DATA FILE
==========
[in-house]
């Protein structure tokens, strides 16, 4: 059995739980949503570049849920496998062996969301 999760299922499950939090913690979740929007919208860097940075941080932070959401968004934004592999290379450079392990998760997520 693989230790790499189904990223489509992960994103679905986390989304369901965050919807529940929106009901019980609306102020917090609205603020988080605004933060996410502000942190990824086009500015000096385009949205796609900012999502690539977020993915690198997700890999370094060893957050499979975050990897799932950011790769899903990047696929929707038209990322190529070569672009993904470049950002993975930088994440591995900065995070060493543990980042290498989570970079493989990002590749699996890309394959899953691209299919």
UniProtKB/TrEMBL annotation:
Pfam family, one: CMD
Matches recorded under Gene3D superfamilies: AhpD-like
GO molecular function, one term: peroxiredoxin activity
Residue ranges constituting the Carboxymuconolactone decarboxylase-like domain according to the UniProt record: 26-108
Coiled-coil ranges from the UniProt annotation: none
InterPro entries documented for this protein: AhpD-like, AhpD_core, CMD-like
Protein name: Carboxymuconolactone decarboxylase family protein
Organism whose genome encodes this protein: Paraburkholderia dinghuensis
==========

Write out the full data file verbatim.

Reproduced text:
[in-house]
């Protein structure tokens, strides 16, 4: 059995739980949503570049849920496998062996969301 999760299922499950939090913690979740929007919208860097940075941080932070959401968004934004592999290379450079392990998760997520 693989230790790499189904990223489509992960994103679905986390989304369901965050919807529940929106009901019980609306102020917090609205603020988080605004933060996410502000942190990824086009500015000096385009949205796609900012999502690539977020993915690198997700890999370094060893957050499979975050990897799932950011790769899903990047696929929707038209990322190529070569672009993904470049950002993975930088994440591995900065995070060493543990980042290498989570970079493989990002590749699996890309394959899953691209299919």
UniProtKB/TrEMBL annotation:
Pfam family, one: CMD
Matches recorded under Gene3D superfamilies: AhpD-like
GO molecular function, one term: peroxiredoxin activity
Residue ranges constituting the Carboxymuconolactone decarboxylase-like domain according to the UniProt record: 26-108
Coiled-coil ranges from the UniProt annotation: none
InterPro entries documented for this protein: AhpD-like, AhpD_core, CMD-like
Protein name: Carboxymuconolactone decarboxylase family protein
Organism whose genome encodes this protein: Paraburkholderia dinghuensis